5 ways companies can keep their people during The Great Resignation

5 ways companies can keep their people during The Great Resignation

The year 2020 became known as The Great Pause. In 2021, we’re in the midst of The Great Resignation, with people around the world quitting their jobs at historic rates.

UK job vacancies hit an all-time high in July 2021, more than a third of German companies report a shortage of workers, 25-40 percent of Australians say they’re looking for a new job, and Americans have been quitting at a rate of 3.5-4 million people per month since April. In Canada, 51 percent of senior managers “are considering leaving, retiring, or ‘downshifting’ to a less-demanding position.”

There are many reasons for this exodus. Burnout is a huge factor. People who have wanted to leave their jobs for a while but didn’t dare make a move during the pandemic’s early chaos are doing so now. A variety of opportunities that used to be limited by location are now available to anyone. People in high-risk, low-wage jobs such as food service are evaluating the risk-reward balance as more industries reopen. Many people took an early retirement. And scores of people are “epiphany-quitting” after some soul-searching.

This challenging situation put employers’ values in the spotlight, and not everyone liked what they saw. These values are in play again as more and more companies are pushing to get people back in the office full time. There’s a huge new population of people who have gotten used to remote work and/or flexible hours, and don’t see a reason things should go back to how they were before.

This quote from a digital agency worker in Leeds sums up the way a lot of people are feeling: “Lockdown provided an opportunity to reflect – and help me realise what I want from work. I want a job that suits my life and means I’m not tied to a desk all day, every day. And if I don’t feel happy, I can just quit. There are more than enough jobs out there.”

Office vs. remote is just one factor fueling The Great Resignation. New research from Wiley shows that the companies losing talent are the ones who fail to emphasize a people-centered approach, one that “leverages the unique needs, insights, and capabilities of your people.”

Wiley surveyed 4,500 working professionals from a variety of industries in July 2021, and the results appear in the new ebook Keep Your People: How to Navigate The Great Resignation (.pdf). They found that “although the transition to working from home should help with work/life balance in theory… that’s not exactly how it’s played out,” with only 18% of respondents feeling very satisfied with their work/life balance.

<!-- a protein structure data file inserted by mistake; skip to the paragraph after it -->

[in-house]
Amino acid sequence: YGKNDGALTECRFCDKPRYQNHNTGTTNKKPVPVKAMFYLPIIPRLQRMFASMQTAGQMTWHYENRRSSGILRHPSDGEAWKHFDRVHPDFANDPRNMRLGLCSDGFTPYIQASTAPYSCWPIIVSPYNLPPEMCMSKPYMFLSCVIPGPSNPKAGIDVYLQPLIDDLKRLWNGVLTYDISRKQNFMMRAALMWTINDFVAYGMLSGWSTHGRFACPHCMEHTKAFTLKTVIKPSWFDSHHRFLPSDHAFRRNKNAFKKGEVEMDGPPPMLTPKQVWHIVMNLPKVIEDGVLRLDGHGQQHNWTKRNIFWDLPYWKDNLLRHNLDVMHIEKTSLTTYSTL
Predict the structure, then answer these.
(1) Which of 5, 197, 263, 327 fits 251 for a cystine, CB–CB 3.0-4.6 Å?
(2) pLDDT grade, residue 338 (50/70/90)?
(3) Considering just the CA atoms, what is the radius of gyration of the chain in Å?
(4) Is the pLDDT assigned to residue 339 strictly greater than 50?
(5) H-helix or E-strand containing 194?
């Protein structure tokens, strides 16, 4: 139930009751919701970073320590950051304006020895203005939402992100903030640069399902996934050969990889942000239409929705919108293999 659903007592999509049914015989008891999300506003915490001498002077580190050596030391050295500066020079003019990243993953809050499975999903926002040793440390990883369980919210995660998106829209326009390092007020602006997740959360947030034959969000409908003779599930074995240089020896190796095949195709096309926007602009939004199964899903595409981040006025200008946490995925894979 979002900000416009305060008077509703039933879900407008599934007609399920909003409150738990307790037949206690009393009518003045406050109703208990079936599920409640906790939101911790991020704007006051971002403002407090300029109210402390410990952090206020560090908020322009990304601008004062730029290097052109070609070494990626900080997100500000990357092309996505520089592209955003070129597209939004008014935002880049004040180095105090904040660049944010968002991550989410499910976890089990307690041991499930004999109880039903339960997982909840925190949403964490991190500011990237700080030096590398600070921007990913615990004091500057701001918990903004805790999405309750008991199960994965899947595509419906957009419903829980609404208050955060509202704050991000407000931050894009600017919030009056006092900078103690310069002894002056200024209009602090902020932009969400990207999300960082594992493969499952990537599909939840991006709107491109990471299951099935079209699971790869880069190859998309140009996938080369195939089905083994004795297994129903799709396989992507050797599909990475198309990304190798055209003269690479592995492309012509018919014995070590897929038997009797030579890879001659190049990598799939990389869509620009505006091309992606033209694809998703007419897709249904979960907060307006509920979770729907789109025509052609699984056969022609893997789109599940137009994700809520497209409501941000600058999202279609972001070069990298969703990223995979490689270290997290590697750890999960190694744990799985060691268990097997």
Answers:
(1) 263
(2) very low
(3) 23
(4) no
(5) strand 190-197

Wiley correlated respondents’ stress levels with the policies their organizations have in place to illuminate the policies that make the most difference.

Top 5 policies correlated to lower employee stress:

  1. Additional PTO and mental health days
  2. Greater flexibility (both where and when work happens)
  3. Non-work time to connect with colleagues
  4. Listening sessions with leaders
  5. Training opportunities

Examining where your organization stands with these five benefits is a great way to assess how well-positioned you are to move toward a more people-centered culture.

Illustration of someone working from home with the text "83% have embraced more casual hair, makeup, or clothing"

Wiley also gathered data on how respondents’ work practices have changed, including:

  • 83% have embraced more casual hair, makeup, or clothing.
  • 59% have had their kid, spouse, or pet interrupt a work meeting.
  • 51% have learned something unique/quirky about their colleagues.

People have been through a lot. Employees have changed, and many have clarified their values. Now they’re taking a fresh look at if their values and their organizations’ values align.

With the rapid growth of remote work, companies can lose their employees not only to other companies in their city but to new remote opportunities around the world. As Wiley writes, putting people first will be “the difference between the way things were and the way things will be in the new normal.”

Keep Your People: How to Navigate The Great Resignation will help you assess how people-centered your organization is. Then you can focus on building up the policies that reduce employee stress and keep your people happy.

Read the ebook here. (And why not send it to your boss?)

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